The winning organization was announced and introduced in the church newsletter.  To read this article, click here.

June 2010

The Mission and Outreach Ministry began searching for book options for the book groups.

An “unlikely suspect” was recruited to have the job of making important announcements during worship about the Moses Project.  In our case, it was a local high school football coach.

July 2010

The July 4th Sunday worship service examined some of the issues involved in our cause at the level of national policy.  The sermon was entitled “Child Welfare: Our Nation’s Moral Report Card.”  To read or listen to this sermon, click here.

The all-church weekend camp retreat was given the title of “Into the Wilderness” and was designed to relate to the themes of the Moses Project.

During a worship service, the football coach made an announcement about the book groups and the different book options.  This announcement also went out in the church newsletter.  Sign up sheets for the different books were made available after worship.  The Mission and Outreach Ministry organized the ordering and distribution of the books.  To read the initial announcement in the church newsletter, click here.

August 2010

The congregation was informed of the date for the culminating action so that members could mark their calendars.

September 2010

The books were distributed.  Participants were informed of the household, date, and time for each book group meeting. To keep the numbers manageable, we formed four book groups.  Two of the groups read the same book.  The groups met weekly and ran approximately eight weeks.

A staff member from our partner organization spoke briefly during a worship service.  After worship, she led an adult education class that gave members a more in depth look at the work of her organization.

Members were invited to hear the author of one of the books speak during his visit to Portland.

October 2010

The Mission and Outreach Ministry researched movies related to children’s issues.  These options were then presented to those who volunteered to organize the movie night.  These volunteers voted to determine which movie would be shown.  They also organized to provide popcorn, snacks, and drinks for the movie.

The volunteers for the drama team were given the script for a play entitled “Zipporah’s Rebellion.”  They found costumes and props.  The day before the performance they rehearsed.  Participants were allowed to use their scripts during the performance.  Pictures were taken of the performance.  To read the script, click here.

Our partner organization ran an advocacy training camp in Northern Washington attended by one of our members.

November 2010

The movie was advertised in the community calendar of the local newspaper.

The movie was shown on a Saturday night.

December 2010

During Advent, we took a break from the Moses Project.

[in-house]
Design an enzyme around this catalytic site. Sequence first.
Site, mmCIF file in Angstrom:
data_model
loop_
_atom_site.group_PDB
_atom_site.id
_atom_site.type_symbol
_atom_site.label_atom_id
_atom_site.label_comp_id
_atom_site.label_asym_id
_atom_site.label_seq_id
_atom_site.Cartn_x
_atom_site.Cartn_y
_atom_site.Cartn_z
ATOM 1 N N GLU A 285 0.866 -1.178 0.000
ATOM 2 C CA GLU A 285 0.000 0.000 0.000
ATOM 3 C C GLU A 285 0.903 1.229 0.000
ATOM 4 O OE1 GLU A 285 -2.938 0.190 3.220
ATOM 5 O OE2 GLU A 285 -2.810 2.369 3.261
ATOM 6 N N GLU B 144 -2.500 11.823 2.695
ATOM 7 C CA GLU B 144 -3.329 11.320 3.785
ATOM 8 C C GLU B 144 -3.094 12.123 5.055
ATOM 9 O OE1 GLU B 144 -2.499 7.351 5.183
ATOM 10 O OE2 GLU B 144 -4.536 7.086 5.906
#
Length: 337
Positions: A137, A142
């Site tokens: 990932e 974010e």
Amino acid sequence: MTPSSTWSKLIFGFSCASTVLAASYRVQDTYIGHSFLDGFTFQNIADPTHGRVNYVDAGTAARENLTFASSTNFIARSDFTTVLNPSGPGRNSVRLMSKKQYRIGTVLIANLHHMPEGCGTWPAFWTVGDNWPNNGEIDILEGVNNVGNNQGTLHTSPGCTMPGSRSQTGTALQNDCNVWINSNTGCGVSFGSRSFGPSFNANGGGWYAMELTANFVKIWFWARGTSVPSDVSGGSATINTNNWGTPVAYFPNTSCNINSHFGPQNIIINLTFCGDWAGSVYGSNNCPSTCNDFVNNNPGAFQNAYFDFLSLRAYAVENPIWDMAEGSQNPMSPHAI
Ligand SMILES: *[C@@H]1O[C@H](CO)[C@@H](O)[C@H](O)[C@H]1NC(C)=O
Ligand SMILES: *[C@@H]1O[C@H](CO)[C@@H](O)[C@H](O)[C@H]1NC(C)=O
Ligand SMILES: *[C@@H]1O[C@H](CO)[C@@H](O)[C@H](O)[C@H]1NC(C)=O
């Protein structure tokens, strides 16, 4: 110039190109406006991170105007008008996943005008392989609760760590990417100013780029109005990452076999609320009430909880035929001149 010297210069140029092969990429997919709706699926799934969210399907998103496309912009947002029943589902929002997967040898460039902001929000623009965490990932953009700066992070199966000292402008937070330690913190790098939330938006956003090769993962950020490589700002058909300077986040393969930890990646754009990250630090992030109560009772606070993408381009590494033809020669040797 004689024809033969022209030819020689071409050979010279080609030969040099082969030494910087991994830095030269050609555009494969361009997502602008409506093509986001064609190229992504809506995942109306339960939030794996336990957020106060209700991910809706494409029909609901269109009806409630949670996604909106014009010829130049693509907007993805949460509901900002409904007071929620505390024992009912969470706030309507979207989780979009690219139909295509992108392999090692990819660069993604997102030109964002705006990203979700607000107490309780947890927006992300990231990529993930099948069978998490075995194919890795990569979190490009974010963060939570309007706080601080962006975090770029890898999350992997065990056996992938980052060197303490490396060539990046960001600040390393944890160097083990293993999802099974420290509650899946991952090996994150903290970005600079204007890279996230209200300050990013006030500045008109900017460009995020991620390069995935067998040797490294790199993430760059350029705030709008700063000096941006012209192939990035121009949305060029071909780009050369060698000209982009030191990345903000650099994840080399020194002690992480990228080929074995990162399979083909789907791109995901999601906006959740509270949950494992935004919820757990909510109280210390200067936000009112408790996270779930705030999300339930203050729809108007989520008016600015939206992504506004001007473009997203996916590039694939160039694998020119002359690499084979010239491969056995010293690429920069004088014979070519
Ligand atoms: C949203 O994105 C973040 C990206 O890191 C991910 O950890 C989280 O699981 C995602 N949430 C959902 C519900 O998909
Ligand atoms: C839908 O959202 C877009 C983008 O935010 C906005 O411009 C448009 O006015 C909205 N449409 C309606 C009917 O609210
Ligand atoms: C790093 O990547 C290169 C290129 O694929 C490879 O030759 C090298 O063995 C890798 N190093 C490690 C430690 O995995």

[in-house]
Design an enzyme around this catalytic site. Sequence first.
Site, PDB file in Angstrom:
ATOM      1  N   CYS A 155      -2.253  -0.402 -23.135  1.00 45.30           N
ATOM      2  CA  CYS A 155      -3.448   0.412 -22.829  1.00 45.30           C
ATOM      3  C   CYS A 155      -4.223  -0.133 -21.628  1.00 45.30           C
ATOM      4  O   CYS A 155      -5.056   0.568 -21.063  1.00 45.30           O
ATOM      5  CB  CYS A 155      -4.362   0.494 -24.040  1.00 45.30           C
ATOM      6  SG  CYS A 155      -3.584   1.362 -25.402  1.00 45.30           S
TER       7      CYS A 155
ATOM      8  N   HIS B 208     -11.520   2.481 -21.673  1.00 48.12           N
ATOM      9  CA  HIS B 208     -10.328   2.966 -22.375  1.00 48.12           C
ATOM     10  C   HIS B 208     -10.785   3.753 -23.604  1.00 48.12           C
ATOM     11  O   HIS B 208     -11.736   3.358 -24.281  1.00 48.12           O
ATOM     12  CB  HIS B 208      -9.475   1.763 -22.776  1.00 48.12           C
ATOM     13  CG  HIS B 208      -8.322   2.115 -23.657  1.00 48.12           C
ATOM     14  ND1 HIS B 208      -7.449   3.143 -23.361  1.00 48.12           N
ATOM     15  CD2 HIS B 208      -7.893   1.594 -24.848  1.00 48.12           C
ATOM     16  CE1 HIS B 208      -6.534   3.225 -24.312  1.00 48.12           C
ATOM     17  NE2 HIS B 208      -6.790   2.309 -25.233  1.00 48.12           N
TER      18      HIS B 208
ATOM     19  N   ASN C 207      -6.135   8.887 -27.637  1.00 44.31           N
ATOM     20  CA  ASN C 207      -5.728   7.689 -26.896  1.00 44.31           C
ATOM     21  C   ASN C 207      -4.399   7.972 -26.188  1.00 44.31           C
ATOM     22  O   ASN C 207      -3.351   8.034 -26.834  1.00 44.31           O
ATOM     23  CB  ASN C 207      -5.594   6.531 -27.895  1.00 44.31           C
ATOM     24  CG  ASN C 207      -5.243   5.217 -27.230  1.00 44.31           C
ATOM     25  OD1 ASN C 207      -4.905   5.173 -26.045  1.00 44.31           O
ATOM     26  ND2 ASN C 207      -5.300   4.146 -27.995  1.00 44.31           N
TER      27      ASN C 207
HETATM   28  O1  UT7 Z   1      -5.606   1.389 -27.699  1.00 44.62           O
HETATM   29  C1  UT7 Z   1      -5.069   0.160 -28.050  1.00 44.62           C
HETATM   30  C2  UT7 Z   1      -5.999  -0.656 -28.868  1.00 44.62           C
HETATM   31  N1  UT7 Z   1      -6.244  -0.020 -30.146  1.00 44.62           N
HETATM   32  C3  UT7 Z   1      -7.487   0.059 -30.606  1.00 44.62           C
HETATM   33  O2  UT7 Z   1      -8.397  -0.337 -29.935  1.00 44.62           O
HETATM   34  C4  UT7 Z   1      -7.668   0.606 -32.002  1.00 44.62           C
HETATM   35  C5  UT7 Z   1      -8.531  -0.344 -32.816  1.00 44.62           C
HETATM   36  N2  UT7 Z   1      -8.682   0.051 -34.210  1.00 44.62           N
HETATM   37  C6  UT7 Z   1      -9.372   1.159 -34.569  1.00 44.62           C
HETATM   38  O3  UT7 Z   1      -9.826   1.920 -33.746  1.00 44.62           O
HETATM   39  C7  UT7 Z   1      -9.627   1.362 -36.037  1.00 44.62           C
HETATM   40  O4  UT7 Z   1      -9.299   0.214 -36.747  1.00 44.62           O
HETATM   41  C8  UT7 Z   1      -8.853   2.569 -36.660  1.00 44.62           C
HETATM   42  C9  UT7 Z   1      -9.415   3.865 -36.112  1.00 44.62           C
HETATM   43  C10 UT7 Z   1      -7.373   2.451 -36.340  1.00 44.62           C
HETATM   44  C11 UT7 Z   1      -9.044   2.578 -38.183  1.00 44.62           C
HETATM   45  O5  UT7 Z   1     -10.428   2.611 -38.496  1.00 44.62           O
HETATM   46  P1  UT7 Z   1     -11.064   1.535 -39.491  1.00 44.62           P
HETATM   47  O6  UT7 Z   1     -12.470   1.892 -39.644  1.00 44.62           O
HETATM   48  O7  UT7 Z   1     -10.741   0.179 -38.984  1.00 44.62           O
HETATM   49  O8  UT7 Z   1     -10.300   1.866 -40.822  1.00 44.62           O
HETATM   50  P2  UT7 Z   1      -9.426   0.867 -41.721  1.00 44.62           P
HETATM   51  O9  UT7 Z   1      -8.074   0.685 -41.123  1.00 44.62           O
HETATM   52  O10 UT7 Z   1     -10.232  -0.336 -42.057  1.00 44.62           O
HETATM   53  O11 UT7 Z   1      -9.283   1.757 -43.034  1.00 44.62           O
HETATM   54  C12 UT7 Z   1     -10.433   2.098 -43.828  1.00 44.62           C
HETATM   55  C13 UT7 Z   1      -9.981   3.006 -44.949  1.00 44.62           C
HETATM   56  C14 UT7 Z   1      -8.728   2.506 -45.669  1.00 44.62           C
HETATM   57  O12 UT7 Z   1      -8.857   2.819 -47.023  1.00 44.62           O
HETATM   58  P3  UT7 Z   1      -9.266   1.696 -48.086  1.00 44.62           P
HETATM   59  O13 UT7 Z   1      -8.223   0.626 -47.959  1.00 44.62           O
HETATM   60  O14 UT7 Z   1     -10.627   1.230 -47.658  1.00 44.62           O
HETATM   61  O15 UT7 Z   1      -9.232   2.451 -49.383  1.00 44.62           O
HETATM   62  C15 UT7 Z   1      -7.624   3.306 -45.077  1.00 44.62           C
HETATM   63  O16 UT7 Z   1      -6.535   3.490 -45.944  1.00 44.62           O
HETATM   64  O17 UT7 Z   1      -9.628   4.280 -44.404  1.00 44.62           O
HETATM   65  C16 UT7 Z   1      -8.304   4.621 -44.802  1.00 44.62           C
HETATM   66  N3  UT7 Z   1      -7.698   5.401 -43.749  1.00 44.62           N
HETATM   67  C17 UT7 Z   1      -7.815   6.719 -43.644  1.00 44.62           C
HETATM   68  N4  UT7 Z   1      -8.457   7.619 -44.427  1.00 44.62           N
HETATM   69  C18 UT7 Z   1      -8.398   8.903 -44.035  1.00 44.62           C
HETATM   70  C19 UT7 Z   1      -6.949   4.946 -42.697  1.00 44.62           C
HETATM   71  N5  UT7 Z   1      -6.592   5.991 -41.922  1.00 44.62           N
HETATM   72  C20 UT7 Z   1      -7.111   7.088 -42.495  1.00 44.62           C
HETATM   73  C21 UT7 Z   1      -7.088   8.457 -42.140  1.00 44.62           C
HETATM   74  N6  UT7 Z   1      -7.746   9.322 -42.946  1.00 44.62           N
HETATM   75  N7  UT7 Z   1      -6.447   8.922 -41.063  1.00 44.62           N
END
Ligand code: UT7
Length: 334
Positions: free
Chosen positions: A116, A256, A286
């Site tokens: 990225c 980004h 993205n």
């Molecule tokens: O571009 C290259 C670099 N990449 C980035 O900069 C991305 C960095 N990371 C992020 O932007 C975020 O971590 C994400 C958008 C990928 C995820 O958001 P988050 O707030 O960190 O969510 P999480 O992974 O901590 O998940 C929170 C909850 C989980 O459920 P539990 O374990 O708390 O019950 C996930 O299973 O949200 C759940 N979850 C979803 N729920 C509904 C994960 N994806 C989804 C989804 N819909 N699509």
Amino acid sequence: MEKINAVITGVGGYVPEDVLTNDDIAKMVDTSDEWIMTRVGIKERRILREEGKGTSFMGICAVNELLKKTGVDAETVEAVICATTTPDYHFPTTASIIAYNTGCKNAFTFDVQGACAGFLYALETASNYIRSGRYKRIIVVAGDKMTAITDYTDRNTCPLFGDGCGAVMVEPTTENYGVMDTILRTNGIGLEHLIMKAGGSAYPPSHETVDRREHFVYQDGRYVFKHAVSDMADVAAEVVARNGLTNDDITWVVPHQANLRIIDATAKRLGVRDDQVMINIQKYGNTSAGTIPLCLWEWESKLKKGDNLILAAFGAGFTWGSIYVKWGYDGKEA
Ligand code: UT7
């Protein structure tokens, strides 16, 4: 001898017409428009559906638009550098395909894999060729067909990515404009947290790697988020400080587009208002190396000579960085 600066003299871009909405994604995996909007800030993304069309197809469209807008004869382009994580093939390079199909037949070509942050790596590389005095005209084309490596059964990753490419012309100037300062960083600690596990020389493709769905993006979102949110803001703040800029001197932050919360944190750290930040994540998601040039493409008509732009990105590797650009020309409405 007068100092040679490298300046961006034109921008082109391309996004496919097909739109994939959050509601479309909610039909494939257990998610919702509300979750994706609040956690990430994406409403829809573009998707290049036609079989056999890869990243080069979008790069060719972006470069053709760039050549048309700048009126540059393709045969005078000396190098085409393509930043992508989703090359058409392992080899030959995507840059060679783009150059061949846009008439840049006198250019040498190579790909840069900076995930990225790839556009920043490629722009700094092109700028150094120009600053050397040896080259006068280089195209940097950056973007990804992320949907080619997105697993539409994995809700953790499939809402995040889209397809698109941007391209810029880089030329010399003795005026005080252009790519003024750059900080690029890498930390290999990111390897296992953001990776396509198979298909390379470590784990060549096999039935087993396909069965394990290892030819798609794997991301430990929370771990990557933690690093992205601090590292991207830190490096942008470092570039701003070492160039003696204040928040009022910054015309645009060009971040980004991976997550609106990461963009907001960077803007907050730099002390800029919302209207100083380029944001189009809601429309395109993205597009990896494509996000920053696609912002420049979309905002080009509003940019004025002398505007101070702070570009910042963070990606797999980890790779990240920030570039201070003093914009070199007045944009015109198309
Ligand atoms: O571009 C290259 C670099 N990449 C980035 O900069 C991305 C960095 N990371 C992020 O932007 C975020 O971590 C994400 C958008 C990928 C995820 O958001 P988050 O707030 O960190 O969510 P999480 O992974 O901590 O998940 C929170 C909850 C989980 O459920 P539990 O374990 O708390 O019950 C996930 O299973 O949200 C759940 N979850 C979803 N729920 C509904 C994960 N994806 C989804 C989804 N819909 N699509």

January 2011

For the culminating action which involved traveling 100 miles in a bus to march, rally, and lobby at the Washington Legislative Building, a team of five recruiters was convened.  The recruiters included some “unlikely suspects.”  They generally belonged to different social circles in the church like the choir, the women’s fellowship group, the men’s breakfast group, etc.  Each recruiter was given the challenge of trying to recruit at least five people for the trip.  The goal was to get 30 people to go.  Each recruiter was given an informational packet about the day along with fliers to help with recruiting.

February 2011

First Sunday: After worship, we held a Super Town Hall on Souper Bowl Sunday.  The focus of the town hall was child hunger.  Speakers included a state senator, a local rabbi, and a child hunger expert from our partner organization.  A coordinator for a local child hunger program was also invited to come but was unable to make it at the last moment.  Attendees to the town hall were invited to bring soup can donations and money donations for a local food bank.  Thus, the event was called Souper Bowl Sunday.  In promoting the event, we sent a postcard to our neighbors.  To see the postcard, click here.  A press release was sent to the local newspaper.  As a result, the newspaper published articles about the event both before and after it occurred.  The event was held so that it left plenty of time for people to watch the Super Bowl later that afternoon.

On the first and third Sundays of the month, two more sermons were preached on the life of Moses.  The first discussed some of the legislative bills that would be part of our advocacy day efforts.  To read or listen to this sermon on Exodus 16: 9-16, click here.  The second used the crossing of the Red Sea as a source of hope and inspiration for our trip two days later.  To listen to this sermon on Exodus 14: 19-22, click here.

A press release about our planned trip was sent to the local newspaper.

On February 22nd, we traveled in a charter bus to Olympia.  Our partner organization paid for the bus.  Thirty-seven people rode on the bus.  Thirty-five were church members, one was a local Celtic Catholic priest, and one was a local resident who soon wished to join our church.  People gathered at the church at 6:30 am in the morning.  We made sure to provide coffee and breakfast snacks.  Upon arriving in Olympia, our partner organization organized and conducted the events of the day.  We left mid-afternoon.  Upon returning, some of the group members headed to a local bar to debrief.

A post-event press release was sent out, and an article about our trip appeared in the local newspaper.